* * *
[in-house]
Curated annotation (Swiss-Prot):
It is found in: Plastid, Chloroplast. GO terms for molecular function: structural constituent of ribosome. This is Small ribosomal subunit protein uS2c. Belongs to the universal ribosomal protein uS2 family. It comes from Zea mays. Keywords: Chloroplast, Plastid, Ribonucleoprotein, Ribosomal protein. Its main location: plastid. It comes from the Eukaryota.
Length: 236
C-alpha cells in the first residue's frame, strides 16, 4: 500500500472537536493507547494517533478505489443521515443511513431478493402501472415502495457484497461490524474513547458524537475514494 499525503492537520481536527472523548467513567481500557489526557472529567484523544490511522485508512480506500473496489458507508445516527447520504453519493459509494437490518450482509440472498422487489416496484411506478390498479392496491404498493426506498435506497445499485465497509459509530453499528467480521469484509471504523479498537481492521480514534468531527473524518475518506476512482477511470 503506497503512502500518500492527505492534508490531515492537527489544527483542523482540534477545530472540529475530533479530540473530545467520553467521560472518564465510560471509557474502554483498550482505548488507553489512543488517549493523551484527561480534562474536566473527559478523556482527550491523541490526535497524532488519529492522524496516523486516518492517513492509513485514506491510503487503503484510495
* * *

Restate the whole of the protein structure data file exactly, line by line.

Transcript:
[in-house]
Curated annotation (Swiss-Prot):
It is found in: Plastid, Chloroplast. GO terms for molecular function: structural constituent of ribosome. This is Small ribosomal subunit protein uS2c. Belongs to the universal ribosomal protein uS2 family. It comes from Zea mays. Keywords: Chloroplast, Plastid, Ribonucleoprotein, Ribosomal protein. Its main location: plastid. It comes from the Eukaryota.
Length: 236
C-alpha cells in the first residue's frame, strides 16, 4: 500500500472537536493507547494517533478505489443521515443511513431478493402501472415502495457484497461490524474513547458524537475514494 499525503492537520481536527472523548467513567481500557489526557472529567484523544490511522485508512480506500473496489458507508445516527447520504453519493459509494437490518450482509440472498422487489416496484411506478390498479392496491404498493426506498435506497445499485465497509459509530453499528467480521469484509471504523479498537481492521480514534468531527473524518475518506476512482477511470 503506497503512502500518500492527505492534508490531515492537527489544527483542523482540534477545530472540529475530533479530540473530545467520553467521560472518564465510560471509557474502554483498550482505548488507553489512543488517549493523551484527561480534562474536566473527559478523556482527550491523541490526535497524532488519529492522524496516523486516518492517513492509513485514506491510503487503503484510495